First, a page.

- The love, affection, and emotional ties existing between each parent and the child;
- The emotional needs and developmental level of the child;
- The character and physical and emotional fitness of each parent as it relates to his or her ability to parent or as it relates to the welfare of the child;
- The child's interaction and interrelationships with siblings and with significant adults, as well as the child's involvement with his or her physical surroundings, school, or other significant activities;
- The importance of continuity in the child's life and the length of time the child has lived in a stable, satisfactory environment;
- Evidence of physical or emotional abuse to the child, to the other parent, or to any other person;
- The character and behavior of any other person who resides in or frequents the home of a parent and such person's interaction with the child;
- The reasonable preference of the child if it is twelve (12) years of age or older. The court may hear the preference of a younger child upon request. The preference of older children should normally be given greater weight than the preference of younger children;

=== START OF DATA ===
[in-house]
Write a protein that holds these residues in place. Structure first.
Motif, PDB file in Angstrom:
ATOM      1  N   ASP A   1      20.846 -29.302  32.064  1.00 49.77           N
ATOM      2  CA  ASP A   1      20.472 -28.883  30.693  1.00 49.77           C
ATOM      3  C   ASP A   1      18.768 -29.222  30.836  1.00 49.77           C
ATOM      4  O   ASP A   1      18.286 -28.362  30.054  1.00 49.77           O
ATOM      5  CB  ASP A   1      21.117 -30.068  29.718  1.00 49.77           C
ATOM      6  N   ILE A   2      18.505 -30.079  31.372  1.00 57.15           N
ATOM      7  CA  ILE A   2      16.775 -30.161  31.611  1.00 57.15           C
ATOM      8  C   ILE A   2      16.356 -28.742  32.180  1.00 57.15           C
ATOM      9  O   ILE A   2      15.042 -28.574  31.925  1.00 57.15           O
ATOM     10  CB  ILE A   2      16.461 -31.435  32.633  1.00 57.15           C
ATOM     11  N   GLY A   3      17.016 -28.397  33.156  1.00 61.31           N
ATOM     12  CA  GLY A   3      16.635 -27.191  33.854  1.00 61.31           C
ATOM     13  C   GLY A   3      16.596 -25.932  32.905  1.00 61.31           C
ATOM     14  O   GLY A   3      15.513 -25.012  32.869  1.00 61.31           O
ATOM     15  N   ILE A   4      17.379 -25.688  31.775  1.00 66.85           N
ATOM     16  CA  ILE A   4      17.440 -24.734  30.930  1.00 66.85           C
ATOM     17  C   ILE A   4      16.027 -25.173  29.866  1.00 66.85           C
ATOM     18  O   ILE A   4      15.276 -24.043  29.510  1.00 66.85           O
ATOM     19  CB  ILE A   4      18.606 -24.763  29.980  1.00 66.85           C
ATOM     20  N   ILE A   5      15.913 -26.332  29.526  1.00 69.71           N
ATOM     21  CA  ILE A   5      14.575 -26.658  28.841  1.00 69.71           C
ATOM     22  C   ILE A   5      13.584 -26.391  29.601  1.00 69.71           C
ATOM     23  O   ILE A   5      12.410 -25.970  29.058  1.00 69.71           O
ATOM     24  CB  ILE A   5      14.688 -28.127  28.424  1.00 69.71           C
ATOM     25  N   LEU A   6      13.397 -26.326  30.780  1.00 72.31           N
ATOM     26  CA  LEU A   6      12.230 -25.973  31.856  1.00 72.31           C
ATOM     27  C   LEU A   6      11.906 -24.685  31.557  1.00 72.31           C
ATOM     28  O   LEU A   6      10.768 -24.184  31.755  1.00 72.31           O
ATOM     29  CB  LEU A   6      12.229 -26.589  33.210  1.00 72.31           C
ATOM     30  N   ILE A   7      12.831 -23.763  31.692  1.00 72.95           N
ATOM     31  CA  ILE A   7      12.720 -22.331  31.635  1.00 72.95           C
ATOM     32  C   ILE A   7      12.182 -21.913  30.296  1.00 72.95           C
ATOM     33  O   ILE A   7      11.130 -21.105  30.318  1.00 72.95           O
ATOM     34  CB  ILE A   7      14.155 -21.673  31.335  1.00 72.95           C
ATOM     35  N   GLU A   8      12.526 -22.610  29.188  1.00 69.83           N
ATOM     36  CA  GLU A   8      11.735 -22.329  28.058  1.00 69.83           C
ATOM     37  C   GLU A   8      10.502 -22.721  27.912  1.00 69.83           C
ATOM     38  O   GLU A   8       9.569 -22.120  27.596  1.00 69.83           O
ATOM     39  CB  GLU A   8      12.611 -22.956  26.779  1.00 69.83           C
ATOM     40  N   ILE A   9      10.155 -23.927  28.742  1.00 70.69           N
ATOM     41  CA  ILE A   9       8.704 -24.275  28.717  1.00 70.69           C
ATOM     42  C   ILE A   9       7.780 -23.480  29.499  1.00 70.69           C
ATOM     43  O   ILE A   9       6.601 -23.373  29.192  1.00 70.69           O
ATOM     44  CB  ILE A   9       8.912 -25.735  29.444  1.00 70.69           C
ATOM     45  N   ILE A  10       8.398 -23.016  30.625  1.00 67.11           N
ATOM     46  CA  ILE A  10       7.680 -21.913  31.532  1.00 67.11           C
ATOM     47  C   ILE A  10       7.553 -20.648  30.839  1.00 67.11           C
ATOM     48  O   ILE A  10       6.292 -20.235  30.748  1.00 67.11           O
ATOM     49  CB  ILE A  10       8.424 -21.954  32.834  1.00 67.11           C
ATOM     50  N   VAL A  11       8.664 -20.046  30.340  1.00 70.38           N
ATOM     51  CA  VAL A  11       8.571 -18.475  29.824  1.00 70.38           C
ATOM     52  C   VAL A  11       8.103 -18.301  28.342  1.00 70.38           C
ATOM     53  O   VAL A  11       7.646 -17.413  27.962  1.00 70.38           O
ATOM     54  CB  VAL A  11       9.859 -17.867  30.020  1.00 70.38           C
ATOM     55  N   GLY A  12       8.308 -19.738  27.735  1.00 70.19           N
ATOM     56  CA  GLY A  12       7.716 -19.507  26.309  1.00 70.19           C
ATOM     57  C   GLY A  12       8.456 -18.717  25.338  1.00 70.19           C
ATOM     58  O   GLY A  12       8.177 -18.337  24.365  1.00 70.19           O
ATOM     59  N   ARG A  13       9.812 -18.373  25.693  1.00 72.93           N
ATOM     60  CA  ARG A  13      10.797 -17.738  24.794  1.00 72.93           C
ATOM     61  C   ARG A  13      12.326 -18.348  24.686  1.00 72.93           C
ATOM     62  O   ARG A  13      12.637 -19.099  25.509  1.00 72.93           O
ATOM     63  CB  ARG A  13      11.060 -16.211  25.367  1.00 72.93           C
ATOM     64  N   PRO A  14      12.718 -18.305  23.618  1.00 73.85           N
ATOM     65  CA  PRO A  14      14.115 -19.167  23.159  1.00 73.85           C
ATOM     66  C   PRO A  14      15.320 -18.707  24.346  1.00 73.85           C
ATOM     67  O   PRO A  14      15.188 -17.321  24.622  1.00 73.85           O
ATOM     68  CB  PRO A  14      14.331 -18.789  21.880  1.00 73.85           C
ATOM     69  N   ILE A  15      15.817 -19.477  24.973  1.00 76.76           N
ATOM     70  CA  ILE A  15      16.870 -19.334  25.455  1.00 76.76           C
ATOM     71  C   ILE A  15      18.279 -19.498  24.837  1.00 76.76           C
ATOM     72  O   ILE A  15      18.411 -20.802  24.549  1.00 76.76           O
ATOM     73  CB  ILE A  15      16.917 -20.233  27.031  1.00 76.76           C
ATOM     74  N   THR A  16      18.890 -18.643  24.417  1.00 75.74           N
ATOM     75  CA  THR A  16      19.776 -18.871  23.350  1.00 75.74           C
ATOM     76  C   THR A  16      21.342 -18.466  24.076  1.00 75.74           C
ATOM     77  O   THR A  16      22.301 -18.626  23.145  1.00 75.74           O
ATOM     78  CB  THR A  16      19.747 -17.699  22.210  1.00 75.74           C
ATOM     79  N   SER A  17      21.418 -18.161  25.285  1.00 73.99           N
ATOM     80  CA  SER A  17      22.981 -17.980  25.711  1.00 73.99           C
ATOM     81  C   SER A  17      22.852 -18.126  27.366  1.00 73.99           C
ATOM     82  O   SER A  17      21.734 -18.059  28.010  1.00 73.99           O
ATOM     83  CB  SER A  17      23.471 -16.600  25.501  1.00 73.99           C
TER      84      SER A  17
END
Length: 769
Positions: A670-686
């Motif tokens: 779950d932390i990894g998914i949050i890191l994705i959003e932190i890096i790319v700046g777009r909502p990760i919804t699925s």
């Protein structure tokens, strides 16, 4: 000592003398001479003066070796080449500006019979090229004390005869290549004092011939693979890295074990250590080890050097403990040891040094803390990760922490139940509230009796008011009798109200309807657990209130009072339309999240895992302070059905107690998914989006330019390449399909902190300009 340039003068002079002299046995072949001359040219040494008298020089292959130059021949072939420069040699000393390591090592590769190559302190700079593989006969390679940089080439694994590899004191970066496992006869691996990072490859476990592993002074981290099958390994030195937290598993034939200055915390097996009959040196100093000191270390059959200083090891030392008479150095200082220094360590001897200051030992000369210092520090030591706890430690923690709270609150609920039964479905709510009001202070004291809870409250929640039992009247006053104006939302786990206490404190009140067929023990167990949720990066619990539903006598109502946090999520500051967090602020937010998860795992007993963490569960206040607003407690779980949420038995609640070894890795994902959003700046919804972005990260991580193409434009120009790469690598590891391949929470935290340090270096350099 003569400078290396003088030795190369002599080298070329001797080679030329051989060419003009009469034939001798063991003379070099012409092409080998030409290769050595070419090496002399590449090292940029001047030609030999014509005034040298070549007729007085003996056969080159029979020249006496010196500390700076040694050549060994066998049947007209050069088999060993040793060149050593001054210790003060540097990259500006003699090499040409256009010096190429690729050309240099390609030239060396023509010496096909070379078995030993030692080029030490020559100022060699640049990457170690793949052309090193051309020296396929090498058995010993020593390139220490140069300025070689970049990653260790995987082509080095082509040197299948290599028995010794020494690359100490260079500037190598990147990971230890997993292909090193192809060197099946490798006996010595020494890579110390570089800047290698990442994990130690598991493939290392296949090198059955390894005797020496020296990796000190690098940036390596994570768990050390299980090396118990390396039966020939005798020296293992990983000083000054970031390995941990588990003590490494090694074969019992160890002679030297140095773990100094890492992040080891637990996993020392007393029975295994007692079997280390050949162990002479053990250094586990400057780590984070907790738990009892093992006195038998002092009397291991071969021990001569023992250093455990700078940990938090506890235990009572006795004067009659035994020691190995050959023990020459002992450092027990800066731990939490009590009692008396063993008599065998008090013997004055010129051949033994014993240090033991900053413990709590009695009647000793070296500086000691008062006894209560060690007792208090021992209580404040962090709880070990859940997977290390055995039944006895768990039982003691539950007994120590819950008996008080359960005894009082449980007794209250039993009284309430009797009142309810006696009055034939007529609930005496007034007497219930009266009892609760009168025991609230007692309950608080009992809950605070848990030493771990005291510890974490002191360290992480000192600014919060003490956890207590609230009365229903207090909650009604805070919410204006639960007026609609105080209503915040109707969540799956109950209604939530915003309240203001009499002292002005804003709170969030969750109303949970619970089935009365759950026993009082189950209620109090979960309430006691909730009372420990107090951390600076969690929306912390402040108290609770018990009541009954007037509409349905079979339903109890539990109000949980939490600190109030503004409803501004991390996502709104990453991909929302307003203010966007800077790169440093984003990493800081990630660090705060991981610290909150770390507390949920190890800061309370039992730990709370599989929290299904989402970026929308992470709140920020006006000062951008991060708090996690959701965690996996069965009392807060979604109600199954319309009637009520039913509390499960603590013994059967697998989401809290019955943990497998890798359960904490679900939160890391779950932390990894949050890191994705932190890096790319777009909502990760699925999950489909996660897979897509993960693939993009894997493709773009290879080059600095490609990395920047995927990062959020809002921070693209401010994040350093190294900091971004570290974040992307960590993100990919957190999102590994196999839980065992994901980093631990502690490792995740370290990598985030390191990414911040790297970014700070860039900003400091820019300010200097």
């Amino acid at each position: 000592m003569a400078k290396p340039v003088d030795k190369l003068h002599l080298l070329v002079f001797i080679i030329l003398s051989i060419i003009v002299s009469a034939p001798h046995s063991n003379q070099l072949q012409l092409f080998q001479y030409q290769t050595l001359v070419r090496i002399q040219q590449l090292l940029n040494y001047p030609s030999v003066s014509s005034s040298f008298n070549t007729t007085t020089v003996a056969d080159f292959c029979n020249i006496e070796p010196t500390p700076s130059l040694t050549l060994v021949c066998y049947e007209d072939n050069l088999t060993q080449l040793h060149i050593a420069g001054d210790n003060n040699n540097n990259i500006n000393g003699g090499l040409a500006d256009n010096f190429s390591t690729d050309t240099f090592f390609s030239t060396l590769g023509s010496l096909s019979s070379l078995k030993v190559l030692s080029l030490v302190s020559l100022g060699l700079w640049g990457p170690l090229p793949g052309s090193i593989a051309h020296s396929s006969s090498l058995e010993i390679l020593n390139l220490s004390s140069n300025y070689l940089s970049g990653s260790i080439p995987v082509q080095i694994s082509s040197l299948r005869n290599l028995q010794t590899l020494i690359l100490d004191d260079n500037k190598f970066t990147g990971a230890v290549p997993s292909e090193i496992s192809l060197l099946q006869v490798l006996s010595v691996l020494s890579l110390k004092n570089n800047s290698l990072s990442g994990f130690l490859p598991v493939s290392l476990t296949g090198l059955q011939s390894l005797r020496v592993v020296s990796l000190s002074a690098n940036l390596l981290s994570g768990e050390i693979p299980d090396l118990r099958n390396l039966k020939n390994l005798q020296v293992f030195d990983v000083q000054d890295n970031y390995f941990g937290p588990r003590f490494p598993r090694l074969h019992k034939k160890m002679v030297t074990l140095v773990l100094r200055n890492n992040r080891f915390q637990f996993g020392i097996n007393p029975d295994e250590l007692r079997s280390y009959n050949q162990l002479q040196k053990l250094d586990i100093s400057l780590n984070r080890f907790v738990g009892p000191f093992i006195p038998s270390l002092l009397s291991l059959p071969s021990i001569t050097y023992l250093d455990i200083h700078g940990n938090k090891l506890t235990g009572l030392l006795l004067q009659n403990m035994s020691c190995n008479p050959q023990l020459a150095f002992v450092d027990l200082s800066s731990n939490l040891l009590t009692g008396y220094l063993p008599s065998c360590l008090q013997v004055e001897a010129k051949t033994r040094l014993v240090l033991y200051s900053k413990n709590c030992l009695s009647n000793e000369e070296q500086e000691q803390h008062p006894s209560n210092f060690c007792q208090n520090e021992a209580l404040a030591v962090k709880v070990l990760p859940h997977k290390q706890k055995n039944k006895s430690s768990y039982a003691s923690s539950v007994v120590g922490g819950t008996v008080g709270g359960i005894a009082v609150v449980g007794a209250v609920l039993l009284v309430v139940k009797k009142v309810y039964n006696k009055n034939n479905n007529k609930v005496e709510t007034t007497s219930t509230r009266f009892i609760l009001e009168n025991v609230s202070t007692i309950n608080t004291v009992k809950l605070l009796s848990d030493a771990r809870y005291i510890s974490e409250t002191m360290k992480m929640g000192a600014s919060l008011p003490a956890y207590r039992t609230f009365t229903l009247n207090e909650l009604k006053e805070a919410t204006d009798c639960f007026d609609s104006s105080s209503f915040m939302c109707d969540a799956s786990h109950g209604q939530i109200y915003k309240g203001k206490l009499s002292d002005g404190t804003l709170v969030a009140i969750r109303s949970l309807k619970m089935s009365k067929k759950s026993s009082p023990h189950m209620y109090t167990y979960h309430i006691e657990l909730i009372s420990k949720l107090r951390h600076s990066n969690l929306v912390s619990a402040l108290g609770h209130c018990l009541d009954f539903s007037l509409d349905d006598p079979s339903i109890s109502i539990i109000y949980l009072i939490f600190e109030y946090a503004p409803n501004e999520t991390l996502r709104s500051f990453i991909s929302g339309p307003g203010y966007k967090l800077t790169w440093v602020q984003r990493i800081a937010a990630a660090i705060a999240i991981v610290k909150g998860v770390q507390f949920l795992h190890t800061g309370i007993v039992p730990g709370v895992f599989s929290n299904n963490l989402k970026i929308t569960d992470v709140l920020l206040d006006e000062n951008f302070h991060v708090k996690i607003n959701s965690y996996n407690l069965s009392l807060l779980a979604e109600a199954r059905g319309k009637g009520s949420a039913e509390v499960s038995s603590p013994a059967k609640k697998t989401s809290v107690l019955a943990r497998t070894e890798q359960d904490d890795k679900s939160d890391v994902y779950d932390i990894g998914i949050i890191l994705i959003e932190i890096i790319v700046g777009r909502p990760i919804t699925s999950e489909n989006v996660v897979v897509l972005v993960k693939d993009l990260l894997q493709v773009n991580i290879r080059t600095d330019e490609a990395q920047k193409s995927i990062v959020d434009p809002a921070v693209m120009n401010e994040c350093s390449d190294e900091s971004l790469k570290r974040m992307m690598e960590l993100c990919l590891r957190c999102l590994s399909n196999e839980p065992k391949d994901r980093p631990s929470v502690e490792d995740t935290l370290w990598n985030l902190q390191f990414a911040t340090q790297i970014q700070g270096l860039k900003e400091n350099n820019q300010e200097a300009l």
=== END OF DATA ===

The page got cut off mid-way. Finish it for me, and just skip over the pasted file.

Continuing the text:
- Each parent's employment schedule, and the court may make accommodations consistent with those schedules; and
- Any other factors deemed relevant by the court.
No one factor controls, and each factor must be weighed and considered in relation to the others. Note that any of the above factors may be overshadowed if any of the following allegations are proven: Abandonment, substantial refusal to perform parenting responsibilities, physical or sexual abuse of a child or parent, emotional or physical impairment interfering with parenting responsibilities, drug, alcohol, or other substance abuse, abusive use of conflict which endangers the child's psychological development, withholding access to the child from the other parent without good cause, a parent's criminal conviction, or any other factors adverse to a child. Obviously, these important considerations can weigh most heavily in the event they exist and can be proven.
The Mother and Father should behave with each other and each minor child so as to provide a loving, caring, stable, consistent and nurturing relationship with the minor child or minor children even though the Mother and Father are divorced or not living together. The Mother and Father should not speak badly of each other in the presence of the minor child or minor children, and also the Mother and Father should not speak badly of the members of the family of the other party in the presence of the minor child or minor children. Each parent should encourage each child to continue to love the other parent and be comfortable in both families. Each parent should make reasonable efforts to achieve the following through each parent’s words and actions each day: